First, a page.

As more and more hospitals become part of larger conglomerates – owned by an ever-shrinking number of companies – medical experts look to academic hospitals for things like better patient care, improved outcomes, trauma care, and pediatric intensive care. Part of the reason for this is the holistic approach of the academic hospital. Academic medical centers typically don’t stand alone; they work together with researchers, educators, and the community to collaborate for the best outcomes and results.
Today, our medical malpractice attorneys want to highlight an interesting article we recently ran across. “How Academic Medicine Advances Patient Care” (from the Association of American Medical Colleges, or AAMC) emphasizes the critical role played by academic medicine in advancing patient care. Academic medicine refers to the interplay between medical education, research, and patient care that takes place in academic health centers. The article highlights how academic medicine institutions have made significant contributions to medical research, clinical practice, and health policy by advancing medical knowledge and training our next generation of healthcare professionals.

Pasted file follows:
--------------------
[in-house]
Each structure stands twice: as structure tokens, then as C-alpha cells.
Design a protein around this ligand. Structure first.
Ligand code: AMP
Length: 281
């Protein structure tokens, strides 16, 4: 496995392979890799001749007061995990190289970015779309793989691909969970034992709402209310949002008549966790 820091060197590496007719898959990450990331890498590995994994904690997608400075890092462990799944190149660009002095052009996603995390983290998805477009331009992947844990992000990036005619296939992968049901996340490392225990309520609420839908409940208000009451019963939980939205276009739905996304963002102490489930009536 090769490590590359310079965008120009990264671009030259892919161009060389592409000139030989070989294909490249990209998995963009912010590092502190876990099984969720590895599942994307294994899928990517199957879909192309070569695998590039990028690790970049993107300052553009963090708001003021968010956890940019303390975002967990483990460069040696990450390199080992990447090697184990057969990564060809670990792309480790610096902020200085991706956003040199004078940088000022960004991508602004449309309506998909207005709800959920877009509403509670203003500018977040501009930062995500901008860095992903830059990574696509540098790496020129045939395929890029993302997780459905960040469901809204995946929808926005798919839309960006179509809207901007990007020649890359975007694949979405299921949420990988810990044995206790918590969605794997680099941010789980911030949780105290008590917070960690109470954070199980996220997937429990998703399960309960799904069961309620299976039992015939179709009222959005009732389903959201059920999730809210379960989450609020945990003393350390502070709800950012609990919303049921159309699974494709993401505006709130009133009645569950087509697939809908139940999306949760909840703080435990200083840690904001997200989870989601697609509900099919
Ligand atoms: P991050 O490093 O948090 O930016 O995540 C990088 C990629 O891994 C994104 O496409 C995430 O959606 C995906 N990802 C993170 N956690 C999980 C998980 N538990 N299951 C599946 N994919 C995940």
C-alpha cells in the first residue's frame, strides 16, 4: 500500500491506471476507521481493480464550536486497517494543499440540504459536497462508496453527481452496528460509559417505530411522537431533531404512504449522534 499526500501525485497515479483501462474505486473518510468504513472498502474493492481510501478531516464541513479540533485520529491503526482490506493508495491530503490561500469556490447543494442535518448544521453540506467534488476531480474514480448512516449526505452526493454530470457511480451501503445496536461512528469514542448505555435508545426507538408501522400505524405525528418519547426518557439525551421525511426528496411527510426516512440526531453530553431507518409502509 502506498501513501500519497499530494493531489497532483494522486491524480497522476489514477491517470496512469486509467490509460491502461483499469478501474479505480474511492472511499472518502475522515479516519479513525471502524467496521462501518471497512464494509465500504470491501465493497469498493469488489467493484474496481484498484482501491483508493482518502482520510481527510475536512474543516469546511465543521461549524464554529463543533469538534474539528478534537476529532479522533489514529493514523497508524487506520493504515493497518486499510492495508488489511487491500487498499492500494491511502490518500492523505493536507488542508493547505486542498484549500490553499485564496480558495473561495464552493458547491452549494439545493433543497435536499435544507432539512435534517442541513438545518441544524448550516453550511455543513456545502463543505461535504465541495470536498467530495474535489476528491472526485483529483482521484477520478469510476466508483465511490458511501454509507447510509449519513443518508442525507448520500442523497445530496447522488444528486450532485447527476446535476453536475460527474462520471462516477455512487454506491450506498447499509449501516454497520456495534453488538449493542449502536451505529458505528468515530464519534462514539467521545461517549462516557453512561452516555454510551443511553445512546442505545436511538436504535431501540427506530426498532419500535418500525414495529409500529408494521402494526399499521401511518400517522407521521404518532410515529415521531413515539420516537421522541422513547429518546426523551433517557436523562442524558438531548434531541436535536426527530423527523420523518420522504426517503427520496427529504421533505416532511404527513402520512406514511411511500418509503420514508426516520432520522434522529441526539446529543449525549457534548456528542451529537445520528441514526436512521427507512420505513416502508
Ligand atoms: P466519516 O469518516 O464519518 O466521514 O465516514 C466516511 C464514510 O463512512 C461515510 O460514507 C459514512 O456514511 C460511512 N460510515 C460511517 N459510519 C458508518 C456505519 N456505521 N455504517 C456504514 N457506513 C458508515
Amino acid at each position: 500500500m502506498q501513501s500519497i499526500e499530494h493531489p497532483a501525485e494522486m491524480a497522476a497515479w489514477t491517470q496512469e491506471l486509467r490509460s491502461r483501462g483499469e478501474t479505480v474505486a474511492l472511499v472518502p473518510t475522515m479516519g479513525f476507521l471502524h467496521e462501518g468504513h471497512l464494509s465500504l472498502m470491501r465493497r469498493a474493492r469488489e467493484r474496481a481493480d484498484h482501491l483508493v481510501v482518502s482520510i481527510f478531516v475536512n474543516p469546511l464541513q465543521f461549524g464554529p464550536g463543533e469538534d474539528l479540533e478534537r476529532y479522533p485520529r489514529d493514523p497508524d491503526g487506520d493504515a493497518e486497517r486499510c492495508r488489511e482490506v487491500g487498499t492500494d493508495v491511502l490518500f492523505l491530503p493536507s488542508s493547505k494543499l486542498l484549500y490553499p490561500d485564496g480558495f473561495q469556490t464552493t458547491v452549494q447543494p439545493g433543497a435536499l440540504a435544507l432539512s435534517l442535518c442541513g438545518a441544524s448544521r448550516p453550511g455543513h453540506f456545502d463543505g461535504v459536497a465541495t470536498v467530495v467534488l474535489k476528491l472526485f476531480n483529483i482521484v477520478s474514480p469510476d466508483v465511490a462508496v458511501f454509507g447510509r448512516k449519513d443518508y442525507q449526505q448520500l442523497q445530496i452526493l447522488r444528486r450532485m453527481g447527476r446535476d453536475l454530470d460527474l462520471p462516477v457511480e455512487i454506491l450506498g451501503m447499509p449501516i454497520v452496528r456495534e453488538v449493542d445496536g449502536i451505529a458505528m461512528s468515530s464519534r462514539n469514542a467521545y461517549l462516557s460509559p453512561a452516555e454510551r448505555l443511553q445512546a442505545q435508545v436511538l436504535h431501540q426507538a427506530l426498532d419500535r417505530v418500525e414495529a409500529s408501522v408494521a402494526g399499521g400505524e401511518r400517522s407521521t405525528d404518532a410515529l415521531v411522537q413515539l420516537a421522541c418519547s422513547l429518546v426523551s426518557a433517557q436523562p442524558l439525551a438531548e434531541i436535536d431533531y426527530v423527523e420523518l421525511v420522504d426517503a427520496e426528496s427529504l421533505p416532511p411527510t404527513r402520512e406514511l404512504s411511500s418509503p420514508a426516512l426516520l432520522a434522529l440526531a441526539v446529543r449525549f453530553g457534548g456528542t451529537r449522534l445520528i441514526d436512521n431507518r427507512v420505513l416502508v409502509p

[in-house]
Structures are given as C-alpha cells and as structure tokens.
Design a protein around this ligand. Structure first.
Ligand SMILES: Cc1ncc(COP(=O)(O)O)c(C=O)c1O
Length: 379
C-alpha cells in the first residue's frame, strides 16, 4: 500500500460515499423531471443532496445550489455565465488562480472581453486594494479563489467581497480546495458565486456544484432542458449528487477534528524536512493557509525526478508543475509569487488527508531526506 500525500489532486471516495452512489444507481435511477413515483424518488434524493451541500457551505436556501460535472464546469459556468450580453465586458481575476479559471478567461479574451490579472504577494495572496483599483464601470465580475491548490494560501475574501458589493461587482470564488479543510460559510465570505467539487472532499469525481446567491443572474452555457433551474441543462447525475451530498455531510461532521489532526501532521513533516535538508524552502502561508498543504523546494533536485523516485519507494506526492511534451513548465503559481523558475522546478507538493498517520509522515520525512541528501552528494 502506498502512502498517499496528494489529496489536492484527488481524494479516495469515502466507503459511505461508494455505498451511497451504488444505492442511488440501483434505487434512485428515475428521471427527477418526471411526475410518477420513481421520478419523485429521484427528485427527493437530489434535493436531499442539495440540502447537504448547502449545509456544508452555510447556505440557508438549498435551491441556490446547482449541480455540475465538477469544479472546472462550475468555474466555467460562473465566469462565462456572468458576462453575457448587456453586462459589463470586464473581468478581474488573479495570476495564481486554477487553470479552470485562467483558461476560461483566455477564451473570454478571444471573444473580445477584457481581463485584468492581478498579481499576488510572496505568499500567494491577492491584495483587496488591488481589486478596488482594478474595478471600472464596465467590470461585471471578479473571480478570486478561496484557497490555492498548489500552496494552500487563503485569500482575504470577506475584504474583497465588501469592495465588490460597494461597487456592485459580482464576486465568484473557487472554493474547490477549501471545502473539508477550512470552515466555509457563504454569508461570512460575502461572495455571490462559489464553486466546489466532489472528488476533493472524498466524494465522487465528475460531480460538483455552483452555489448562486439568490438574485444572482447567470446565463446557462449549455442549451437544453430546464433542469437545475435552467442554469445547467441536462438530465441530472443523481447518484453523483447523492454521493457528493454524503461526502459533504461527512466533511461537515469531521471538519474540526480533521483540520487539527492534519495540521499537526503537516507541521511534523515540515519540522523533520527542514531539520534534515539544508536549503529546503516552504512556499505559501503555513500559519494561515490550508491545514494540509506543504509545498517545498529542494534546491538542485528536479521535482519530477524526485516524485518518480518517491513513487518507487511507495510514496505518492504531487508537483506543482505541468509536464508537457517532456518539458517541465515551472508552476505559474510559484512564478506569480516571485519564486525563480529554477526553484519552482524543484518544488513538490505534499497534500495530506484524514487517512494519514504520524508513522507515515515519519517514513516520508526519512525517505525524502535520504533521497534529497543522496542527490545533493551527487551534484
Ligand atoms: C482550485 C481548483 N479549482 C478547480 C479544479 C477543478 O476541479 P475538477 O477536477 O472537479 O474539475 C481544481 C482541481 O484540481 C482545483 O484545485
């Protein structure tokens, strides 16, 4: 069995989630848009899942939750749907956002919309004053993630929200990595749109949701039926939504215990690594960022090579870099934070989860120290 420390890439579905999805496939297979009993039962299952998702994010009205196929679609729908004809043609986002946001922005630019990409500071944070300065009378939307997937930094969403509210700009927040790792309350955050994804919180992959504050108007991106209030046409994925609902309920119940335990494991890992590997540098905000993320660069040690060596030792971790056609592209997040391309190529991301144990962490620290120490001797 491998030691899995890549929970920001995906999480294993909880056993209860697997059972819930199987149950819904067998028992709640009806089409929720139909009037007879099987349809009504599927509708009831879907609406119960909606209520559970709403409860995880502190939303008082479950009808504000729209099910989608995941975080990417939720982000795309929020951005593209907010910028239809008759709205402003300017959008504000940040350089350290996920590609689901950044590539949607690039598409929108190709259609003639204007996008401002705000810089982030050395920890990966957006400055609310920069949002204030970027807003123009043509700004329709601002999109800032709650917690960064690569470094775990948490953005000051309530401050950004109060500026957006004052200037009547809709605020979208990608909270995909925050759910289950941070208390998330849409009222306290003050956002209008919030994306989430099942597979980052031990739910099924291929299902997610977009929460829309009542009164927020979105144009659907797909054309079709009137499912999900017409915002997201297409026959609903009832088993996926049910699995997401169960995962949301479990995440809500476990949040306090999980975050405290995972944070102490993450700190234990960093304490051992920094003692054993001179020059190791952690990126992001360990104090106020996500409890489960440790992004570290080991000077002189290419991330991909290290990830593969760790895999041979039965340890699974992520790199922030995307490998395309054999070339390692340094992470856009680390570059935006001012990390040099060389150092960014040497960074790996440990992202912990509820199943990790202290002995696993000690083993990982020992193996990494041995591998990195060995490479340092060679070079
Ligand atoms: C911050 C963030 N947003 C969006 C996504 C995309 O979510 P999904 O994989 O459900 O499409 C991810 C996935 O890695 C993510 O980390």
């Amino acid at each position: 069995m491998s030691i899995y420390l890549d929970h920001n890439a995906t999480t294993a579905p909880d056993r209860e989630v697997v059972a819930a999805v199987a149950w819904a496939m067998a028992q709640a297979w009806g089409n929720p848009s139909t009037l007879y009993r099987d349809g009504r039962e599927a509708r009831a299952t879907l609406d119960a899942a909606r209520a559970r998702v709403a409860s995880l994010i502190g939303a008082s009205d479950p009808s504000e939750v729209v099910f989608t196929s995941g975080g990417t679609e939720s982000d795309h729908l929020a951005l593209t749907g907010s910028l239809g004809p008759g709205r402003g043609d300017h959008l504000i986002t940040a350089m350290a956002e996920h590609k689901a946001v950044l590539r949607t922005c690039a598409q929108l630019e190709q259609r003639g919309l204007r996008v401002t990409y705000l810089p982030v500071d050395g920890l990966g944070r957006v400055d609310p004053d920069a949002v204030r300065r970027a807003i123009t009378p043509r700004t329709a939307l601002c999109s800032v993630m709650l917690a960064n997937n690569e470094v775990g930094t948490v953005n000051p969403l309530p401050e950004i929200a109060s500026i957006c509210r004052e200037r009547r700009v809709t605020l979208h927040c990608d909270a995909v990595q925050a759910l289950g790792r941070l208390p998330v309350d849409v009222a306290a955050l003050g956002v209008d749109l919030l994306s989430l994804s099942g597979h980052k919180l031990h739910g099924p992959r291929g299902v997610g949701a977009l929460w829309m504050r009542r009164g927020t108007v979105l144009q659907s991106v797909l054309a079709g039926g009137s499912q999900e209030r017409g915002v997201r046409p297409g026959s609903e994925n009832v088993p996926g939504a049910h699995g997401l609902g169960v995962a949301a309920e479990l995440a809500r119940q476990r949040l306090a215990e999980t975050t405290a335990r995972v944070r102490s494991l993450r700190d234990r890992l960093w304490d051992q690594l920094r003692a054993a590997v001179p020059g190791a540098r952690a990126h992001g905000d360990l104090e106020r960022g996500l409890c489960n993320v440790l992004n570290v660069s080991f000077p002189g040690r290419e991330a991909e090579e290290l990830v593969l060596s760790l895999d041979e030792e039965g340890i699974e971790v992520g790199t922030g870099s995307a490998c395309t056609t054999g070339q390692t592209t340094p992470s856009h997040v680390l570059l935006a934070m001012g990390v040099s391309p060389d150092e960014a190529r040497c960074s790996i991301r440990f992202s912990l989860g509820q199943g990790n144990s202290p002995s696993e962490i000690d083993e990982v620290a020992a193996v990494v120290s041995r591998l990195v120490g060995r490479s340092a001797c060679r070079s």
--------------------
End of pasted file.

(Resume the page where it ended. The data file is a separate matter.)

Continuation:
It also discusses the importance of medical research in advancing patient care, noting that these types of institutions have been at the forefront of research efforts, leading to groundbreaking discoveries in fields such as genomics, immunology, and cancer. These research efforts have led to the development of new treatments, therapies, and medical devices that have improved patient outcomes and saved countless lives.
Further, it underscores the role played by academic medicine institutions in educating and training the next generation of healthcare professionals. It highlights the importance of providing medical students with hands-on clinical experience and exposing them to the latest medical technologies and techniques. It also emphasizes that medical education is a long-term investment that requires sustained funding and support to ensure that future healthcare professionals are equipped with the knowledge and skills needed to provide high-quality care.